Tuesday, October 22, 2013

A Message to Clothing Buyers

Halloween is stressful.  I'm no good at costumes.  Costumes, telling jokes, remembering card games--my weaknesses.  I mean, there are others, but those are my learning disabilities.  I sent a text to Chris yesterday that said, "Our not watching tv [with kids] is great until Halloween and all the costumes are weird costumes or scary."

Elliott initially said he wanted to be a grasshopper, totally blaming it on the plague of grasshoppers at Glammy & Poppy's this summer.  All I could think was, a grasshopper?--because that's easy.  Then he said, he though maybe a cow would be good.  I felt good about this.  A cow.  I can do a cow.  That's not too hard, right?

Party City?  No cows.

Target?  COWS.  I knew it!  Only no.  The top size was a size 4.

You know the whole thing about limiting screen time for young kids?  Yeah.  There is no place that it is more apparent that the advice is not working than the Halloween costume aisle at any store.  Elliott is nearing 5 years old, which I can assume from the options means he either loves superheroes or would love to be a slightly less-scary monster/vampire than his 10-year old friends.

So costume developers, please take note:  there are still some sheltered four-year olds in the world.  My child has no idea who Superman, Batman, Spiderman, Captain America or the Incredible Hulk are.  No idea.  Super Mario Brothers?  Nope.  A vampire?  Nope.  Combine this with my commitment to avoid all items bearing a skull and the choices are SLIM.

My message to stores that provide clothing to children little boys (I'm not even touching on the issues with clothing for girls):

  1.  A 5-year old is still a little boy.  Little.
  2. Nearing 5 has not turned my child into a skate-boarding champ.  Really.  No skateboards.
  3. Ninjas and vampires kill people.  Please refer back to #1--no killing machines here.
  4. Superheroes are great, but I have to let you in on a secret--not all kids are aware of who they are. Elliott knows them by sight, but has no idea what they stand for or do.
  5. I don't get the skull trend.  I don't.  I feel like I must not be alone in this, right?  I can't be the only one opposed to buying clothing items with skulls.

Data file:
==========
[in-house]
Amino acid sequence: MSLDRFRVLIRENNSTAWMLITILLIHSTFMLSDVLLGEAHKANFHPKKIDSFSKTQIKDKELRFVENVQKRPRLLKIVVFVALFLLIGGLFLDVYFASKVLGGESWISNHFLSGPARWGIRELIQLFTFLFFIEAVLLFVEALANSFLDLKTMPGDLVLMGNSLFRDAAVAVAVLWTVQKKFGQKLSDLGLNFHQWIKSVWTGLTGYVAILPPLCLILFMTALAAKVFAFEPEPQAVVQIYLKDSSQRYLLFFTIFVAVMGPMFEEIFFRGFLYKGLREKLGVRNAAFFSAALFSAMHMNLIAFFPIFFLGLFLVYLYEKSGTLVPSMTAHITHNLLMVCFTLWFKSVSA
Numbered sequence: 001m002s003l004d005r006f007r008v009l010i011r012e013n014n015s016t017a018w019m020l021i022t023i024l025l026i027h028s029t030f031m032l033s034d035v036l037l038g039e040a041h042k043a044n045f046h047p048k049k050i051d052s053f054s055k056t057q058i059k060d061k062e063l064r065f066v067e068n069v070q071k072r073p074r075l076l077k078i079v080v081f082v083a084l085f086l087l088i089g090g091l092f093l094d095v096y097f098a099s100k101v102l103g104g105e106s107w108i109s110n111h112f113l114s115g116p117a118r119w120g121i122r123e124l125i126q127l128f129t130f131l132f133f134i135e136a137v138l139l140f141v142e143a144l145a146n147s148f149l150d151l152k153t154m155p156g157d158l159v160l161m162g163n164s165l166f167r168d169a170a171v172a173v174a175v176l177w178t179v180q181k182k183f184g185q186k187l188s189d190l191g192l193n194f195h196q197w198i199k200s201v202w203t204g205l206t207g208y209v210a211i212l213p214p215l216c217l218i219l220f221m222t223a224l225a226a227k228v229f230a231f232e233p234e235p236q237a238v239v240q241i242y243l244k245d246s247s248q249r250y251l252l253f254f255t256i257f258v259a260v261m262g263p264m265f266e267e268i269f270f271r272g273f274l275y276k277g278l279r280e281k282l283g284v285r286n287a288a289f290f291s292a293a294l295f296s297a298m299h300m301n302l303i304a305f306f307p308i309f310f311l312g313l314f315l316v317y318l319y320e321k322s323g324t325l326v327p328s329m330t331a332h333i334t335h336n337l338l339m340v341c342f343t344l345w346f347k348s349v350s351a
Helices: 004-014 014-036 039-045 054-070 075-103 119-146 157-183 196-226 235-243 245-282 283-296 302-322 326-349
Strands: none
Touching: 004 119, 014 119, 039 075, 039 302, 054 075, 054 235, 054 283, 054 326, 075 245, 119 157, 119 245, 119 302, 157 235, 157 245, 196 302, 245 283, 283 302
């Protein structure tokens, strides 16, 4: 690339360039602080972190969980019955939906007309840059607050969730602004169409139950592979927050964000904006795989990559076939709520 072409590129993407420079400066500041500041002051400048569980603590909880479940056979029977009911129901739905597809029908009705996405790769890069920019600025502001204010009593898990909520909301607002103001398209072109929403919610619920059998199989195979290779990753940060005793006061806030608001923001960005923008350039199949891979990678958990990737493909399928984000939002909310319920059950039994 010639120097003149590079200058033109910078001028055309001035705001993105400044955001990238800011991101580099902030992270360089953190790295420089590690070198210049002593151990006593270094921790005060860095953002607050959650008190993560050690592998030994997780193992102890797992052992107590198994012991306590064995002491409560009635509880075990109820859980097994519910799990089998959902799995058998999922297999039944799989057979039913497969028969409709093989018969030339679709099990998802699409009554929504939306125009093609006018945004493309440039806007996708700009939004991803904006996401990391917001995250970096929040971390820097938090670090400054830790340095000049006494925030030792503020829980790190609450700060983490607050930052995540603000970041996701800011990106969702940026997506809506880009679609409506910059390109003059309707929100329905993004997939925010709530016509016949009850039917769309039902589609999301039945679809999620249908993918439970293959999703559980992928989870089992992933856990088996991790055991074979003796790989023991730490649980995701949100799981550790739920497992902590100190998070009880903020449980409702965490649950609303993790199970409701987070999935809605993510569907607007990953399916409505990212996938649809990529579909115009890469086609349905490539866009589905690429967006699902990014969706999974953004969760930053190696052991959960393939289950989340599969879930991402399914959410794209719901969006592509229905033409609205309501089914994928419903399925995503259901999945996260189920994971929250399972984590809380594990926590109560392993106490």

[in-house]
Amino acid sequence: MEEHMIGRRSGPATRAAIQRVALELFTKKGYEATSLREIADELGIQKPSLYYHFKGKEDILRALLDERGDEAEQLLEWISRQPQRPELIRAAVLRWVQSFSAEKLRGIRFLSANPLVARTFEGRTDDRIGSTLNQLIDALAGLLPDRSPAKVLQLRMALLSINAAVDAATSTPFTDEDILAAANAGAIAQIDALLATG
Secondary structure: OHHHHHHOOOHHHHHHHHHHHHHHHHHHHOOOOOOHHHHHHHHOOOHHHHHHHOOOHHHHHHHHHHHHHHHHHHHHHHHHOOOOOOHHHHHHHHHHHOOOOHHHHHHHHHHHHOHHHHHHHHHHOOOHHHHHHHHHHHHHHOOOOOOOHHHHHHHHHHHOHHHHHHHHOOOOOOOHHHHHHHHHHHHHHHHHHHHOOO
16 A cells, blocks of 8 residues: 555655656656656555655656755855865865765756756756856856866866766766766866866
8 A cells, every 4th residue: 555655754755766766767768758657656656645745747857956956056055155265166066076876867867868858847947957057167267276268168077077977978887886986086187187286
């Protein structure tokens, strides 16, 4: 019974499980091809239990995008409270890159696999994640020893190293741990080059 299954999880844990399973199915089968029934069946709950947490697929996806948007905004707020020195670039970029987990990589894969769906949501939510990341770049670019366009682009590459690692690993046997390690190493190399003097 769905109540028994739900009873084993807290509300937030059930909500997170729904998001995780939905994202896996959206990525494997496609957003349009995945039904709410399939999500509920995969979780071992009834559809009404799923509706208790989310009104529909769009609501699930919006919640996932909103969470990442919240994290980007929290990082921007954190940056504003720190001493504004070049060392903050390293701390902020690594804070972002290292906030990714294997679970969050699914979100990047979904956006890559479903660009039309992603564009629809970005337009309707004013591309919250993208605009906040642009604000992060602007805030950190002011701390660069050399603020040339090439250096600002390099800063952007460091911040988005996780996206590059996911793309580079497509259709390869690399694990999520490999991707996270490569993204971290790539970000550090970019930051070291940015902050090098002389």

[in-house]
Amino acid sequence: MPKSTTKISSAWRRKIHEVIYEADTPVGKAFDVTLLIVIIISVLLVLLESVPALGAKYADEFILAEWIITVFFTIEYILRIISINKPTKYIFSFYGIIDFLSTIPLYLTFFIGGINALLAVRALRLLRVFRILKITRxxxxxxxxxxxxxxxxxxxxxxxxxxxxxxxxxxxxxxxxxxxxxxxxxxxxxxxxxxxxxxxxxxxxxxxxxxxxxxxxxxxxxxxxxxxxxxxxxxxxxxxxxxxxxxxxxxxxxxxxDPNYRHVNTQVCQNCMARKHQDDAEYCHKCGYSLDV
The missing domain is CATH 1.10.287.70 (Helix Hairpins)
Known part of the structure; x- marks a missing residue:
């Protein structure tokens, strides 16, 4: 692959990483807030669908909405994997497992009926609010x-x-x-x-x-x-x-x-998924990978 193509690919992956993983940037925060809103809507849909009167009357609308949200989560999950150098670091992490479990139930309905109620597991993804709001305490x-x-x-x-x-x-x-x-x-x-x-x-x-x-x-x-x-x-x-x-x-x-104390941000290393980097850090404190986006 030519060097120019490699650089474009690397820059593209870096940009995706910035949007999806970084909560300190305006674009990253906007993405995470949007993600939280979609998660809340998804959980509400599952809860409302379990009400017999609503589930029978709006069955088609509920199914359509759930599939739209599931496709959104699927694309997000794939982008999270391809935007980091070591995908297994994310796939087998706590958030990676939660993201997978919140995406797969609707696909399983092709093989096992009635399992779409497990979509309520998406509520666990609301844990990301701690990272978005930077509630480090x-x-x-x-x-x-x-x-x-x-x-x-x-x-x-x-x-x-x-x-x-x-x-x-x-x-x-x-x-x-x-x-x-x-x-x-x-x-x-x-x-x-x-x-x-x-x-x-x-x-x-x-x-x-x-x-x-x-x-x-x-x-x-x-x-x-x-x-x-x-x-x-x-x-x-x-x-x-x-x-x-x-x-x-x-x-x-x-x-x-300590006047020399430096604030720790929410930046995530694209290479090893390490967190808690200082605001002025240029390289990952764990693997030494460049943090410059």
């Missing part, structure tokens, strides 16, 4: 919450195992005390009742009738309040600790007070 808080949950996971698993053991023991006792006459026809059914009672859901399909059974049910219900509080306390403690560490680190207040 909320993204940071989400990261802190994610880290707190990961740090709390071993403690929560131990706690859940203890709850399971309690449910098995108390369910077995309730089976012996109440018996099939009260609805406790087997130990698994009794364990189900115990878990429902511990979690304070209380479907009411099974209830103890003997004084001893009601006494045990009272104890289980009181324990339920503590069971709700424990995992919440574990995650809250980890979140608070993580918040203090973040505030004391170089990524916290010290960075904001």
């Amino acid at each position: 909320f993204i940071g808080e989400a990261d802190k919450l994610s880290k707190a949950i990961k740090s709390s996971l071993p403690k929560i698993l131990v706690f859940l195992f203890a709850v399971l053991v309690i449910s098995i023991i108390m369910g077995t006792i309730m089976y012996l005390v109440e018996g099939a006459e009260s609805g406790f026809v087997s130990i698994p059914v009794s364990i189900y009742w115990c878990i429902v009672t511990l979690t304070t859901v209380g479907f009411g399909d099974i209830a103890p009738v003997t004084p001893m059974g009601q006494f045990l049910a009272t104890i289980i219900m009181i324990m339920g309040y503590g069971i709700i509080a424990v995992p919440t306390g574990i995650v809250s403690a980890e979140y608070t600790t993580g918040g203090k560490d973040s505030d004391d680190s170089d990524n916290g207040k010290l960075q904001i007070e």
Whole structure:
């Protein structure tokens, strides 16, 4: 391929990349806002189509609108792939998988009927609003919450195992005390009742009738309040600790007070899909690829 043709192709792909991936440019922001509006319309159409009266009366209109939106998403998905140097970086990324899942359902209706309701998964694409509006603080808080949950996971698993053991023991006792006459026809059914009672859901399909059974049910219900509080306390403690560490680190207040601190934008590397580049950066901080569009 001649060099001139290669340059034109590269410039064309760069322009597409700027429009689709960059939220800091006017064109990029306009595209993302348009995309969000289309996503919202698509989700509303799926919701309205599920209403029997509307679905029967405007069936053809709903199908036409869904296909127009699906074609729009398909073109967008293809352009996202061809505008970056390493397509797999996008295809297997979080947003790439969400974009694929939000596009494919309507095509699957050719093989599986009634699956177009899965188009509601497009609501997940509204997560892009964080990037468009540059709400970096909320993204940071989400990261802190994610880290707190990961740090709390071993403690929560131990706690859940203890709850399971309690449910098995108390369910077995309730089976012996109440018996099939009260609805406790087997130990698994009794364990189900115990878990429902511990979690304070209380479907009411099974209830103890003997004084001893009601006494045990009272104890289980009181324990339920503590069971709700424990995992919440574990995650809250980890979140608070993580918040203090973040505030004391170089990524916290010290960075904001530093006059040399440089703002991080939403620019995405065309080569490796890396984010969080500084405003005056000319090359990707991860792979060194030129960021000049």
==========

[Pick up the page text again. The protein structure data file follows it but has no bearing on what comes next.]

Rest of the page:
6. There is plenty of childhood ahead of us, where we'll purchase the scary costumes.  I promise.  Maybe.  

Thursday, October 17, 2013

Professionalism. It's for the birds. Except when it's not.

So you know what sucks about being a professional?

You can't fight back.

Not to prove that you were rarely late for sessions.

Not to prove that you weren't out to decrease services for a child, only trying to make the constant in and out of therapy manageable for the parents.

Not to show that using the term "attachment parenting" wasn't an insult; it seemed a reasonable conclusion with a four-year old and two-year old share your bedroom, decision to let children move at their own pace.  Even if I was wrong, isn't that a discussion, not a complaint?

Not to say that use of the iPhone timer is more used with the intent of not moving in, checking the time over and over instead of trying to escape your home, especially since I was never in your home less than 30 minutes.

I know I need to get over this.  And I'm well on my way. . . the relief of not being put in a home without back-up from parents & a non-compliant child  is winning over anger hands-down.  The challenge is substantial when lies are told, just a shade off the truth--enough to be plausible.

"You always need the last word," my mom says.  Dammit if she isn't right.

Tuesday, October 15, 2013

Lessons from being Fired

I was fired today.  Not from my job in total, thank goodness, but from one patient.  My friend's son asked if I got "moved down a level."  Luckily, the answer to that is no, too.  I'm pretty glad life isn't like a video game in this instance.

I have to say that in 13 years of doing what I do, this is the first time I've had a parent be so blatant about her dislike of me and my approach(es).  I have had 2 other families cancel services with me and each time it is a blow to the ego, leaving me searching for reasons WHY.

Funny enough, my management duties often involve coaching other therapists through exactly this kind of situation & I've oft repeated that we all get fired in the course of treating for any length of time.  That's true.  The other nuggets of truth I'll add to that discussion are:

  • Each time it stings, leads to questioning of skill, doubt in what you have to offer.  
  • Questioning and reflection on skill is important, no matter how long you've been practicing your trade.
  • Underlying that ego-blow is RELIEF.  
  • If you so happen to dread interaction with a caregiver so much that you are nervous to tell about jury duty service, then that relief will wash through you with your second mixed drink--that spreading warmth a combination of a little buzz and the realization that you never have to take abuse from that particular parent ever. again.  HALLELUJAH.  
So much more I could say.  So.  Much.  But in the hopes of salvaging my professionalism, I'll stop. . . in a minute.  Just for the record, if I ever am in complete denial that my child needs limits or has failings, someone take me out back and beat some sense into me.  

**The part I left out was that after I left the home I was not the picture of calm.  It involved quite a bit of righteous indignation, well-timed curses & shaking with anger (no exaggeration).  I'll save that post for another day.